If you’re anything like me then you’re trying to grow vegetables in a small space either in your garden, on your patio, or in a cold frame. etc. I also try to do things as cheaply as possible. a) because I’m married and my wife loves shiny things and b) I’m tight as fuck.
Also if you’re like me you love trying to grow said vegetables but don’t really know what you’re doing, or when you should be doing it. Winter for instance, what do you do in winter? I decided to grow garlic and onions because I had no clue what else to do and nothing else seems interested in growing over this time.
These took 30 mins to plant which left me looking for something else remotely veg related to do as winter seems to last for half the year now (it’s snowing again as I type).
I decided to upgrade my planters from the plastic shit I had to some nice wooden ones, these however cost 40 quid from the garden centre, who can get bent if they think I’m paying that sort of money. I only have a very small veg patch and planters are a must, plus I’d been getting grief that the plastic planters looked worn from the wife.
The answer was cluttering up my lean to, earlier in the year I had cause to make a canon (long story, involved me, a Frenchman and a pig's head) and subsequently had a pallet left over, plus my Dad thought boxes of screws counted as Christmas presents so I had a plentiful amount of those.
|Forget the canon, veg patch is in the background, see? Tiny.|
As a point of note I would build up to making a canon if I were you, maybe try after you’ve made the planting troughs? It took me ages to get the lawn to look like that, I’m looking out the window now at the state of the grass this winter and it’s fucked, pure and simple, the fat headed dog has ploughed my lawn and shat everywhere.
Much fun can be had sourcing pallets, often the worse they look the better they are. Work has loads so I’m lucky, for those of you who have no clue where to find them just keep your eyes open! I guarantee everywhere you go from now on you will see pallets and develop a love affair with skips (they can often hold rich pickings within). A prime location is garden centres, a quiet word with a member of staff should provide you with a glorious wooden treat.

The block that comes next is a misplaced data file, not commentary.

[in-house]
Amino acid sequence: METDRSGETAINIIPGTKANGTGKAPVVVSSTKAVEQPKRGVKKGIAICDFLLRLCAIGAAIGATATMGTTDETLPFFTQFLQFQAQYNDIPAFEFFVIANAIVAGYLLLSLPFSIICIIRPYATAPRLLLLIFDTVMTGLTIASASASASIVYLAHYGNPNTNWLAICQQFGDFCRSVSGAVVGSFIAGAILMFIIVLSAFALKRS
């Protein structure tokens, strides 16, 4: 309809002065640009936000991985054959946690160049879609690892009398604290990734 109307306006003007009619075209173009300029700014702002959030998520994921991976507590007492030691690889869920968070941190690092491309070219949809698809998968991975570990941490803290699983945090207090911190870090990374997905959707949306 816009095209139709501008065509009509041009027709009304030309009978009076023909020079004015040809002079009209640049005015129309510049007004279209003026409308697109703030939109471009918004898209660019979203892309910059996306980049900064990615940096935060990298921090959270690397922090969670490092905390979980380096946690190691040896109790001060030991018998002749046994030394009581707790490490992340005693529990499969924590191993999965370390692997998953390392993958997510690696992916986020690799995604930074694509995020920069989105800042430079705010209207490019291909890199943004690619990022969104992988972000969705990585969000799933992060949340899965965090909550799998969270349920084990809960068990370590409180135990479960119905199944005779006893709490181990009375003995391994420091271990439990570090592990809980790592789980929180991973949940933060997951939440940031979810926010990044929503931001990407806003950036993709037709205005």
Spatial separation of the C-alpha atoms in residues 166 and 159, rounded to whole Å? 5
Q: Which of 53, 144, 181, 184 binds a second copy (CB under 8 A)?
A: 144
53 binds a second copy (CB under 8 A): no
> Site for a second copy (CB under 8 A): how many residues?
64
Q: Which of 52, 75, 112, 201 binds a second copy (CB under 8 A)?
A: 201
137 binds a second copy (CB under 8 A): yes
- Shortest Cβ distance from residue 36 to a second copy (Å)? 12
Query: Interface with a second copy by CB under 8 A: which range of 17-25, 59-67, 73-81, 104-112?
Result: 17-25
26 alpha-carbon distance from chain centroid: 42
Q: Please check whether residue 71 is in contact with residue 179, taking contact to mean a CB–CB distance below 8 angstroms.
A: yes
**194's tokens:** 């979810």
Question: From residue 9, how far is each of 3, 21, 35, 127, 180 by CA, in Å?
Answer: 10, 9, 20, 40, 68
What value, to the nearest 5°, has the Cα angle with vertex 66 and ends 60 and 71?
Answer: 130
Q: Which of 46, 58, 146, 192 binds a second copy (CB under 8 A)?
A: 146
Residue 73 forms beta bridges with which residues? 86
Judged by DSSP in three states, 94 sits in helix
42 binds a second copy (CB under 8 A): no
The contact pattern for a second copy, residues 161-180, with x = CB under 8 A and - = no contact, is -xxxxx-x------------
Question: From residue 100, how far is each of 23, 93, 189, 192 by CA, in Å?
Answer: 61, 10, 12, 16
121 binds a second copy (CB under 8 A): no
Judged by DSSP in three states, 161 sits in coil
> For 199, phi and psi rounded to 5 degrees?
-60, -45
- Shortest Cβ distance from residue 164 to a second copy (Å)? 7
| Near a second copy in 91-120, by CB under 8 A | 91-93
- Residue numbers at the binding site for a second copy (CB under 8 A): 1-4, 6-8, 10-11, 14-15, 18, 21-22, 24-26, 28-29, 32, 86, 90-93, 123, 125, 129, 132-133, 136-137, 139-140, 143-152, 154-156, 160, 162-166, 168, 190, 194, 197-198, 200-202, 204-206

I digress, much swearing and only a little personal injury later I had broken the pallet down and now had planks of timber to build with. This did feel quite manly I won’t lie. Now I was going to leave it at this but I won’t. You need to be some sort of ninja to break a pallet down, but it does get easier with practise. I recommend a hammer and a crow bar, you’ll work the rest out.
My first attempt wasn’t the best, It took me about 3 hours as I basically made it up as I went along, had no design, a dodgy back and a very small space in which to build it. Eventually though I made the sucker shown below.
Now on reflection it looks a bit shit but it cost nothing to make except for time. I had some wood stain left over and painted the thing and it looked ok.
This inspired me to make more, this and the wife who then wanted all the plastic planters gone.
I couldn’t be arsed to look for more pallets so cheated slightly and spent £15 on wood from Homebase, making sure it was pre-treated and not liable to rot.
I must admit the others turned out better than the first, but then that is often the way with these things.
Two months on and I’ve now even managed to build furniture that’s allowed in the house and everything, so I implore you not to spend money at Homebase like my lazy self of two months ago. Expect some future posts on pallets and how to make useful shit out of them.
PALLETS ARE THE FUTURE.
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